Caregiver's Home Companion Caring for someone who has trouble hearing the phone?

Posted: November 11, 2008

Anti-Seizure Epilepsy Drug May Help Treat Early Alzheimer's

 A popular epilepsy drug can reverse the early stages of Alzheimer's disease, according to Canadian scientists who uncovered the drug’s benefit after testing in mice. The drug, valproic acid, is now beginning tests in human Alzheimer’s patients.


The testing in mice found that valproic acid stopped further damage from Alzheimer’s disease and actually improved memory by blocking the formation of Alzheimer's-related brain plaques.

Professor Weihong Song, who led the research at the University of British Columbia in Vancouver, Canada, said: “We found that if we used valproic in the early stages of Alzheimer's disease, in mice, it reduced plaque formation and further prevented brain cell death. The drug also improved performance in memory tests. We are very excited about these results.”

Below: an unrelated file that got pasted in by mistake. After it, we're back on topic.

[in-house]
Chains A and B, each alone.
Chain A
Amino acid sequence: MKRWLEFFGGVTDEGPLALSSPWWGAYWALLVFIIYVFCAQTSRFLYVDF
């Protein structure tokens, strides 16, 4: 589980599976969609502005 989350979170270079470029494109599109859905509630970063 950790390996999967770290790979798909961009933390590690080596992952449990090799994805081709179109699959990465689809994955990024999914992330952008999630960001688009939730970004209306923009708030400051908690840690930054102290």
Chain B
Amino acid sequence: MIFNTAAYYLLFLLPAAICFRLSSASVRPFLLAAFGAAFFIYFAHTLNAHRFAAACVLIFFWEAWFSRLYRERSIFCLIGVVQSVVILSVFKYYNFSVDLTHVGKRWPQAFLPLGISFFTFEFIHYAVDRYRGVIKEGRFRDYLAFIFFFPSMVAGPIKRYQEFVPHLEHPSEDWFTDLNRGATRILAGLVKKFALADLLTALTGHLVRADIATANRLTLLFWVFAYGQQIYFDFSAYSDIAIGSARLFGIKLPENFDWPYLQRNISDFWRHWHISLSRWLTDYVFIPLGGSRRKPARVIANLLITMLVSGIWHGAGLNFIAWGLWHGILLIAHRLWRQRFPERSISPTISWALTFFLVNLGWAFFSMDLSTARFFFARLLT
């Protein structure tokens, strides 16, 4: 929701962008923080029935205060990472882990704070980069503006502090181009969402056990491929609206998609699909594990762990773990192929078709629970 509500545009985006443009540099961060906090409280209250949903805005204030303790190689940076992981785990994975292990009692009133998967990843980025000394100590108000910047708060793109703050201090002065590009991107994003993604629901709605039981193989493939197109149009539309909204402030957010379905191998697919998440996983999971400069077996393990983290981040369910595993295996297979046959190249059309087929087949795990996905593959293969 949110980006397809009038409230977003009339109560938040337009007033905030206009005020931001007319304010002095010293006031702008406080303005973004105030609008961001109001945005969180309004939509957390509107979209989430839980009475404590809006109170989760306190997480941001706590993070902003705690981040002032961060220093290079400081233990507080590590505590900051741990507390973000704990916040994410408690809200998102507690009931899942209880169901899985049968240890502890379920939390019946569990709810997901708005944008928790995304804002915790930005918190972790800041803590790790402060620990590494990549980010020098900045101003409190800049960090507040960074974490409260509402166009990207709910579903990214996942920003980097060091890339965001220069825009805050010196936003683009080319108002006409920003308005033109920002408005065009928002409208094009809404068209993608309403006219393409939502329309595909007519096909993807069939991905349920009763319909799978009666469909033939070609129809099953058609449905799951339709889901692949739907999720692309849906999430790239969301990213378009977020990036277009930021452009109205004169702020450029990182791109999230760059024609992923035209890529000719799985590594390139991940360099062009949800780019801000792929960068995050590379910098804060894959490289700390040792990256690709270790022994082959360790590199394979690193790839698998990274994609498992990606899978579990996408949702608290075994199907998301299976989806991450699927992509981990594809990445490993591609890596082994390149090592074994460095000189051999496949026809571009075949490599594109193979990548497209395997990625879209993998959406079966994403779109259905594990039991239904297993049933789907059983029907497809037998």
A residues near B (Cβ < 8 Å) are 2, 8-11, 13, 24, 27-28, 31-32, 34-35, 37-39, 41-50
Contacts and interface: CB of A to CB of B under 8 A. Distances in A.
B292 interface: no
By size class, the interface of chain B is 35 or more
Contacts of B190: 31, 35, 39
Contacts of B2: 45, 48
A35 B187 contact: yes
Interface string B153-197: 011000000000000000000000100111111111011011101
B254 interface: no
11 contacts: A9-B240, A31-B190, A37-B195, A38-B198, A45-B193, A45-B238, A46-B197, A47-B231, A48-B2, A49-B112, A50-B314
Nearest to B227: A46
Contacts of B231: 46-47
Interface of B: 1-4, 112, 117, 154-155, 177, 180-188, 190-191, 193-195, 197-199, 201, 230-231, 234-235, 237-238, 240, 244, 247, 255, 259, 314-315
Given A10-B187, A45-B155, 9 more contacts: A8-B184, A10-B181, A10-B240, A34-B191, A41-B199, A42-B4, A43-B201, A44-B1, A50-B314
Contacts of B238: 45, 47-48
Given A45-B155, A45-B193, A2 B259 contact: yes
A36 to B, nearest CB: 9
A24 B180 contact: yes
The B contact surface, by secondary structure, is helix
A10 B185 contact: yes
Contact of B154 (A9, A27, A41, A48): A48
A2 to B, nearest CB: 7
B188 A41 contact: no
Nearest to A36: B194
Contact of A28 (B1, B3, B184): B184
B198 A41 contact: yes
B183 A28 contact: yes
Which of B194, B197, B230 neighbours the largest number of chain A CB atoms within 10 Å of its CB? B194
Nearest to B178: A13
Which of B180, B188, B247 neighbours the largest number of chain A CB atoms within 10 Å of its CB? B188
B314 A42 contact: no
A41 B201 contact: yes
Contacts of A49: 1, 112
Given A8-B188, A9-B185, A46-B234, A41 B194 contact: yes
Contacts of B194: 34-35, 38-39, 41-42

The drug, which is branded Convulex, had less of an effect as the disease progressed, according to the research team’s findings, which are published in the Journal of Experimental Medicine

Not only did valproic acid, sometimes known by the acronym VPA, shrink plaques in the brains of mice with a version of Alzheimer's disease, it also prompted damaged nerves to start repairing themselves. The acid worked by inhibiting the activity of an enzyme essential to the production of beta amyloid protein, the researchers found.


They said that VPA had less of an effect as the disease progressed, suggesting that clinical trials should recruit patients with early signs of Alzheimer's. The current testing of VPA on humans is expected to start yielding results within the next year.


"We are very excited about these results because we now know when VPA should be administered to be most effective, and we now know how VPA is working to prevent AD (Alzheimer's disease)," Song said.

Email or share this story Bookmark and Share

Search CaregiversHome
Find with keyword(s):

Enter a keyword or phrase to search CaregiversHome's archives for related news topics, the latest news stories, timely times, and reference articles.

© 2008 Pederson Publishing, Inc. All Rights Reserved.
Commercial use, redistribution or other forms of reuse of this information is strictly prohibited without the prior written permission of Pederson Publishing.


View The Caregiver's Hotline in which this article first appeared

Back to Top

Privacy Statement Contact Us Site Map Products & Services Our Partners Advertise
© Copyright 2003-2020. Pederson Publishing, Inc. All rights reserved.